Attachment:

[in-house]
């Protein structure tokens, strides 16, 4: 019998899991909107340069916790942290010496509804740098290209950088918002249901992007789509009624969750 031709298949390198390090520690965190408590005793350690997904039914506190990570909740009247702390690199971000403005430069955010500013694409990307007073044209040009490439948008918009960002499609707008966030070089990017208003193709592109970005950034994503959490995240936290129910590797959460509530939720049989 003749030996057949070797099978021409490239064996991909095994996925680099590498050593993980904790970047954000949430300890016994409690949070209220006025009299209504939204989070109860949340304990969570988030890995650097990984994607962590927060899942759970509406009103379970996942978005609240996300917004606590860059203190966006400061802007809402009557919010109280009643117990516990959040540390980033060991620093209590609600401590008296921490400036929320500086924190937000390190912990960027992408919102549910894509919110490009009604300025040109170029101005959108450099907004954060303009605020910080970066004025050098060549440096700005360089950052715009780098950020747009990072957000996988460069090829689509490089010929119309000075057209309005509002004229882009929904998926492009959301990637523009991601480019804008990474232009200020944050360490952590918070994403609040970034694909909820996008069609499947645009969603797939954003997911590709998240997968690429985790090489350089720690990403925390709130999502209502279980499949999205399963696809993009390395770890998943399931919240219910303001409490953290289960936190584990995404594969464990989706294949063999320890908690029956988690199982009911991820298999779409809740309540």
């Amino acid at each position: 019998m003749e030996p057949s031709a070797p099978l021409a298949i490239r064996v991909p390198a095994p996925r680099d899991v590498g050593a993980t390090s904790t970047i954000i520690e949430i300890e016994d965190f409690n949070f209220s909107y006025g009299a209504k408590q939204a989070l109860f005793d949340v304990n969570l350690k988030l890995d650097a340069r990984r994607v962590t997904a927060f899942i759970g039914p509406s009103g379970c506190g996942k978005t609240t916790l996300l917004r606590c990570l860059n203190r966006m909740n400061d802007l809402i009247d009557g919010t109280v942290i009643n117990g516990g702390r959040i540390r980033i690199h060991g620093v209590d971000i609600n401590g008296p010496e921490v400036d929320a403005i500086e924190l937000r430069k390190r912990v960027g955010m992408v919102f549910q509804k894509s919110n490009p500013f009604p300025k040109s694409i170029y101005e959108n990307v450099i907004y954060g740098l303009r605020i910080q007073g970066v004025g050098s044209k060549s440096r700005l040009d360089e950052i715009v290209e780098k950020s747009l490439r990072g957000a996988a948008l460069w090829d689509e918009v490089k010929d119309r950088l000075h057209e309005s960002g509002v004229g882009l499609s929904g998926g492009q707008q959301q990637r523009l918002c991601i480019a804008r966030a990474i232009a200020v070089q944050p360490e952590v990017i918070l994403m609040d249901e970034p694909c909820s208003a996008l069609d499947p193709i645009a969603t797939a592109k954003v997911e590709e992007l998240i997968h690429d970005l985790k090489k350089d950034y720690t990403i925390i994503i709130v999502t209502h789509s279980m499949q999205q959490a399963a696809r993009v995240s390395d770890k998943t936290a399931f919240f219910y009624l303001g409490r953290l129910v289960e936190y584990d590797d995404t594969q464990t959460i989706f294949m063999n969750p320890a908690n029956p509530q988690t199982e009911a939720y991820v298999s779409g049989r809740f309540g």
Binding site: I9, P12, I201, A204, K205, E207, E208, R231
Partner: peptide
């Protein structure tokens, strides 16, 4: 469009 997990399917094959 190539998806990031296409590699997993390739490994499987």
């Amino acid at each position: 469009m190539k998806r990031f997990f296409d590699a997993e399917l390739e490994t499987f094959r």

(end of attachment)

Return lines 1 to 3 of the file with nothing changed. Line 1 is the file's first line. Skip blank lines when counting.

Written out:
[in-house]
């Protein structure tokens, strides 16, 4: 019998899991909107340069916790942290010496509804740098290209950088918002249901992007789509009624969750 031709298949390198390090520690965190408590005793350690997904039914506190990570909740009247702390690199971000403005430069955010500013694409990307007073044209040009490439948008918009960002499609707008966030070089990017208003193709592109970005950034994503959490995240936290129910590797959460509530939720049989 003749030996057949070797099978021409490239064996991909095994996925680099590498050593993980904790970047954000949430300890016994409690949070209220006025009299209504939204989070109860949340304990969570988030890995650097990984994607962590927060899942759970509406009103379970996942978005609240996300917004606590860059203190966006400061802007809402009557919010109280009643117990516990959040540390980033060991620093209590609600401590008296921490400036929320500086924190937000390190912990960027992408919102549910894509919110490009009604300025040109170029101005959108450099907004954060303009605020910080970066004025050098060549440096700005360089950052715009780098950020747009990072957000996988460069090829689509490089010929119309000075057209309005509002004229882009929904998926492009959301990637523009991601480019804008990474232009200020944050360490952590918070994403609040970034694909909820996008069609499947645009969603797939954003997911590709998240997968690429985790090489350089720690990403925390709130999502209502279980499949999205399963696809993009390395770890998943399931919240219910303001409490953290289960936190584990995404594969464990989706294949063999320890908690029956988690199982009911991820298999779409809740309540």
């Amino acid at each position: 019998m003749e030996p057949s031709a070797p099978l021409a298949i490239r064996v991909p390198a095994p996925r680099d899991v590498g050593a993980t390090s904790t970047i954000i520690e949430i300890e016994d965190f409690n949070f209220s909107y006025g009299a209504k408590q939204a989070l109860f005793d949340v304990n969570l350690k988030l890995d650097a340069r990984r994607v962590t997904a927060f899942i759970g039914p509406s009103g379970c506190g996942k978005t609240t916790l996300l917004r606590c990570l860059n203190r966006m909740n400061d802007l809402i009247d009557g919010t109280v942290i009643n117990g516990g702390r959040i540390r980033i690199h060991g620093v209590d971000i609600n401590g008296p010496e921490v400036d929320a403005i500086e924190l937000r430069k390190r912990v960027g955010m992408v919102f549910q509804k894509s919110n490009p500013f009604p300025k040109s694409i170029y101005e959108n990307v450099i907004y954060g740098l303009r605020i910080q007073g970066v004025g050098s044209k060549s440096r700005l040009d360089e950052i715009v290209e780098k950020s747009l490439r990072g957000a996988a948008l460069w090829d689509e918009v490089k010929d119309r950088l000075h057209e309005s960002g509002v004229g882009l499609s929904g998926g492009q707008q959301q990637r523009l918002c991601i480019a804008r966030a990474i232009a200020v070089q944050p360490e952590v990017i918070l994403m609040d249901e970034p694909c909820s208003a996008l069609d499947p193709i645009a969603t797939a592109k954003v997911e590709e992007l998240i997968h690429d970005l985790k090489k350089d950034y720690t990403i925390i994503i709130v999502t209502h789509s279980m499949q999205q959490a399963a696809r993009v995240s390395d770890k998943t936290a399931f919240f219910y009624l303001g409490r953290l129910v289960e936190y584990d590797d995404t594969q464990t959460i989706f294949m063999n969750p320890a908690n029956p509530q988690t199982e009911a939720y991820v298999s779409g049989r809740f309540g």